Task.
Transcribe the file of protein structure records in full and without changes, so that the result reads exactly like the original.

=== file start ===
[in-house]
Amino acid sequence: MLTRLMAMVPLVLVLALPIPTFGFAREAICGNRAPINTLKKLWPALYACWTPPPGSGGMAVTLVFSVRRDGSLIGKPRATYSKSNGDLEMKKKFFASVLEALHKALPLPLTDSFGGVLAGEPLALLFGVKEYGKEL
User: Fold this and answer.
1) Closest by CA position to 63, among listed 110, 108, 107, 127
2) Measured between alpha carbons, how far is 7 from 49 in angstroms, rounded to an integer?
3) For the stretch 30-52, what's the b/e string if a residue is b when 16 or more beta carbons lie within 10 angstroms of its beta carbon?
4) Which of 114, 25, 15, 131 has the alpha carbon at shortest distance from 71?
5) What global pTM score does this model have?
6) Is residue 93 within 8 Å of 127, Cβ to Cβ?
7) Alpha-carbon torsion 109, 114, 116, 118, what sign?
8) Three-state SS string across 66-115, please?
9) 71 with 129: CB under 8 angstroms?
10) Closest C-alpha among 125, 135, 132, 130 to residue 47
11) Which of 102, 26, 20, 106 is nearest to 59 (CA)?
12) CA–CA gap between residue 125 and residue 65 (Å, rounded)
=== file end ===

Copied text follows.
[in-house]
Amino acid sequence: MLTRLMAMVPLVLVLALPIPTFGFAREAICGNRAPINTLKKLWPALYACWTPPPGSGGMAVTLVFSVRRDGSLIGKPRATYSKSNGDLEMKKKFFASVLEALHKALPLPLTDSFGGVLAGEPLALLFGVKEYGKEL
User: Fold this and answer.
1) Closest by CA position to 63, among listed 110, 108, 107, 127
2) Measured between alpha carbons, how far is 7 from 49 in angstroms, rounded to an integer?
3) For the stretch 30-52, what's the b/e string if a residue is b when 16 or more beta carbons lie within 10 angstroms of its beta carbon?
4) Which of 114, 25, 15, 131 has the alpha carbon at shortest distance from 71?
5) What global pTM score does this model have?
6) Is residue 93 within 8 Å of 127, Cβ to Cβ?
7) Alpha-carbon torsion 109, 114, 116, 118, what sign?
8) Three-state SS string across 66-115, please?
9) 71 with 129: CB under 8 angstroms?
10) Closest C-alpha among 125, 135, 132, 130 to residue 47
11) Which of 102, 26, 20, 106 is nearest to 59 (CA)?
12) CA–CA gap between residue 125 and residue 65 (Å, rounded)